Education on the glycemic index of foods fails to improve treatment outcomes in a behavioral weight loss program.
The glycemic index (GI) may play an important role in weight management by helping to control appetite and insulin levels. The impact of adding education on the GI of foods to a behavioral weight loss program (BWLP) was examined. Fifty-three obese, sedentary participants were randomly assigned to receive either a BWLP or a BWLP+GI education. Pre- and posttreatment weight loss, body fat, and diet were assessed. Weight loss and body fat were assessed at 1-year posttreatment. GI education had no significant impact on weight loss treatment outcomes at posttreatment or 1-year follow-up. Average weight loss was 7.6 kg (p<0.05). Participants in the BWLP+GI education group had significantly greater GI knowledge (p<0.05) and consumed foods with a lower average daily GI (p<0.05), than participants in the BWLP at posttreatment. At 1-year posttreatment, participants regained 59% of their posttreatment weight loss and 34% of their lost body fat. GI education did not improve BWLP treatment outcomes in this investigation.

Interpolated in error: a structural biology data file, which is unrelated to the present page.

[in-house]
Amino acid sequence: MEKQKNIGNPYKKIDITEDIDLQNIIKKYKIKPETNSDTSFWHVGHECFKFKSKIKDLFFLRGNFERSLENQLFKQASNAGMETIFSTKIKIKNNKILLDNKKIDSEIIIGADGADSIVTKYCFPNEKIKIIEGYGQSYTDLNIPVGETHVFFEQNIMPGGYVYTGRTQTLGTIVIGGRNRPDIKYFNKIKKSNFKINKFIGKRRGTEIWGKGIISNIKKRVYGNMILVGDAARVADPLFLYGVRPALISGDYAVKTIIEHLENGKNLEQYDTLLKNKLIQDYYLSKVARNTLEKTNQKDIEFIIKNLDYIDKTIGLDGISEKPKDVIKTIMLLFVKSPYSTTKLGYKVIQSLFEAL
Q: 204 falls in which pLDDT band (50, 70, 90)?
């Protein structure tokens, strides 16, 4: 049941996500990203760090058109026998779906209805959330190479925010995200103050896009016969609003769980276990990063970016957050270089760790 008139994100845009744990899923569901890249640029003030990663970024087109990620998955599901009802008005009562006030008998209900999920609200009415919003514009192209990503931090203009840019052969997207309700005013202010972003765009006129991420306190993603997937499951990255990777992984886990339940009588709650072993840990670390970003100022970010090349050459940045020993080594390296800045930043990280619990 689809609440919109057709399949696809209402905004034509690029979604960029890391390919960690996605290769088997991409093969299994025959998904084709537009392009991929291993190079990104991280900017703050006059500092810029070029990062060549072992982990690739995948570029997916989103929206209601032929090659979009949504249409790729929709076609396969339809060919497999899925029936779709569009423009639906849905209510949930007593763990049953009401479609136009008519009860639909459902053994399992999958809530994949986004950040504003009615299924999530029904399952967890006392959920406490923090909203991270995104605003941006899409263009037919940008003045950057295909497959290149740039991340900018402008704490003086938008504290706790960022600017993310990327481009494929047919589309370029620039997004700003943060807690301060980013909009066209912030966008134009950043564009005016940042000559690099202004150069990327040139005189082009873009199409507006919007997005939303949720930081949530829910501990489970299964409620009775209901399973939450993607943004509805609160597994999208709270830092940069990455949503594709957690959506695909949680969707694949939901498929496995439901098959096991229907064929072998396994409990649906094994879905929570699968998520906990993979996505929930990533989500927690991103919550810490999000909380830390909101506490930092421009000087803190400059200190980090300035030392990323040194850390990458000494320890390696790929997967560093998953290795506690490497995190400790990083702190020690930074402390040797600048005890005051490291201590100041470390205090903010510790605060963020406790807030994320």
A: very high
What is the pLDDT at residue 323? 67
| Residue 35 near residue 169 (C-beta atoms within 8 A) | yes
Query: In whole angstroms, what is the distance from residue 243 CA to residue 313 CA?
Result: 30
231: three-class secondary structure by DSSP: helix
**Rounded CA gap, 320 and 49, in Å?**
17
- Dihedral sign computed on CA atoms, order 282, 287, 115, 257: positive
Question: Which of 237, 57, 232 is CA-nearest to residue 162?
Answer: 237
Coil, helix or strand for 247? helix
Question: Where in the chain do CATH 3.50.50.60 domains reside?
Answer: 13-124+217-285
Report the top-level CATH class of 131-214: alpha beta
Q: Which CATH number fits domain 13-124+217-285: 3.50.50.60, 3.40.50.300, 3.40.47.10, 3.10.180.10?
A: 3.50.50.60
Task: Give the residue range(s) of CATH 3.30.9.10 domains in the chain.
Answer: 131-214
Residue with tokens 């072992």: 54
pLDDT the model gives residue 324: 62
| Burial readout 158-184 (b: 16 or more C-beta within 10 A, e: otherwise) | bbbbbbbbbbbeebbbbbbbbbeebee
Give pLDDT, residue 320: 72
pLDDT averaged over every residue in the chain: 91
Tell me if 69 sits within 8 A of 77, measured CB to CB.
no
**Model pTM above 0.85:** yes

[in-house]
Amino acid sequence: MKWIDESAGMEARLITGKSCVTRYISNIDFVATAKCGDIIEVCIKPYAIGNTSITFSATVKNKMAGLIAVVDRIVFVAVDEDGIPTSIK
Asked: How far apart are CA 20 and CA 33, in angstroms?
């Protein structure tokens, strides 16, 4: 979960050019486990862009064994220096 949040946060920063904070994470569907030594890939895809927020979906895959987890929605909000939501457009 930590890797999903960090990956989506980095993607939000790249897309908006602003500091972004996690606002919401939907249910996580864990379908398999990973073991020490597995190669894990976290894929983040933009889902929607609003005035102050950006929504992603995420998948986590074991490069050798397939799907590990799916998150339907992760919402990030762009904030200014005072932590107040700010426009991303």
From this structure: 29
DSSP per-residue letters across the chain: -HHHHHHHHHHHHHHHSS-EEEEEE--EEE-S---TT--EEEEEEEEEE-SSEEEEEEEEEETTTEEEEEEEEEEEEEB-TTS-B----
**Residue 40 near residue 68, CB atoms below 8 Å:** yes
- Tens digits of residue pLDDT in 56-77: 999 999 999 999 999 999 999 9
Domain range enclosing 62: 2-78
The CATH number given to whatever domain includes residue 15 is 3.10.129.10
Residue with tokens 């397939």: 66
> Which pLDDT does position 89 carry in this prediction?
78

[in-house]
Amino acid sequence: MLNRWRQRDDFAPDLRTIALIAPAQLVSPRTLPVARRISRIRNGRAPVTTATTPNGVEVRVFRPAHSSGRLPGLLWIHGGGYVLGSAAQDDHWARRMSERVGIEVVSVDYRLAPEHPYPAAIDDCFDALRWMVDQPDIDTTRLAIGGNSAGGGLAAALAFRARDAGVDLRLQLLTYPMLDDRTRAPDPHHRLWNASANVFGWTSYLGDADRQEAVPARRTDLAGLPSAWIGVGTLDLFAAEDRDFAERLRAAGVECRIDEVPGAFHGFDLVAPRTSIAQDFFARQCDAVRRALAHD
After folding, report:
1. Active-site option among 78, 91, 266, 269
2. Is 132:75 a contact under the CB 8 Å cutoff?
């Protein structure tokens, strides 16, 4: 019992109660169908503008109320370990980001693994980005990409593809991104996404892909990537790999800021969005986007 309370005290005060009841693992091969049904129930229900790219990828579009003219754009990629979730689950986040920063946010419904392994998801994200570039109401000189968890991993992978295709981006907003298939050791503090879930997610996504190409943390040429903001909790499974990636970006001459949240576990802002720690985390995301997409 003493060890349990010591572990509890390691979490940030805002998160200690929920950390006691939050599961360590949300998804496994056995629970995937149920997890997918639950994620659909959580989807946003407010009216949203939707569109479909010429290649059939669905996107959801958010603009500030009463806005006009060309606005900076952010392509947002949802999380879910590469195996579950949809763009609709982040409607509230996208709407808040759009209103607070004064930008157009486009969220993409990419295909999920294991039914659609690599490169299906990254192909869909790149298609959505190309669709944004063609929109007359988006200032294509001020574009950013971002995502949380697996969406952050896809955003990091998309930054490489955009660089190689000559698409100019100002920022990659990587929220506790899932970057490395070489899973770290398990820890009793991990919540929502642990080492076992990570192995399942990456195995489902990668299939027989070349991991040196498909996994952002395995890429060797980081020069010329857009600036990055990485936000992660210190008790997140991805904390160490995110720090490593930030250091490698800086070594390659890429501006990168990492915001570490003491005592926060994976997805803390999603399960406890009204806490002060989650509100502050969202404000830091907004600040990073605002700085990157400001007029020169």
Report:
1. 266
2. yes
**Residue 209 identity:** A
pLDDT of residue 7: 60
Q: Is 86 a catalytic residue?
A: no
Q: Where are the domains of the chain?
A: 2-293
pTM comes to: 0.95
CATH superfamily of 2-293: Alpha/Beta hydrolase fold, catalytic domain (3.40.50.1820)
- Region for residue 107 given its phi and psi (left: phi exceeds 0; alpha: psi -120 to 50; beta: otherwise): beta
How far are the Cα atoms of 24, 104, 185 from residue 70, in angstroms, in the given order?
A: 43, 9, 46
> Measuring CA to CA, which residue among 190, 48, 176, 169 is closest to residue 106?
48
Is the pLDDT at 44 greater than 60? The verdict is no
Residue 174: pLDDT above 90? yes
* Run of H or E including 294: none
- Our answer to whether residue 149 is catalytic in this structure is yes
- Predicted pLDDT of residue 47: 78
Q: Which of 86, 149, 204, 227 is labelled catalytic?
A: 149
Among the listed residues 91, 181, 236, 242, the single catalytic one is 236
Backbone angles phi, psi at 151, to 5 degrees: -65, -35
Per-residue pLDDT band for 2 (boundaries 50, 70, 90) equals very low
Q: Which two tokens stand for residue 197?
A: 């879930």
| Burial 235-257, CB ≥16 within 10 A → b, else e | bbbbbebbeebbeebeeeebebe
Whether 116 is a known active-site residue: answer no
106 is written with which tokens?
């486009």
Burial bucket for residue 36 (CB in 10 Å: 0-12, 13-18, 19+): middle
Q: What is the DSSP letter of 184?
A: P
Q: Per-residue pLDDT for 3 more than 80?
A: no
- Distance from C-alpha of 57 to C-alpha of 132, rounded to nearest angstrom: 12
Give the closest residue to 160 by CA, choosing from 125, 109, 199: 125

Carels, RA; Darby, LA; Douglass, OM; Cacciapaglia, HM; Rydin, S
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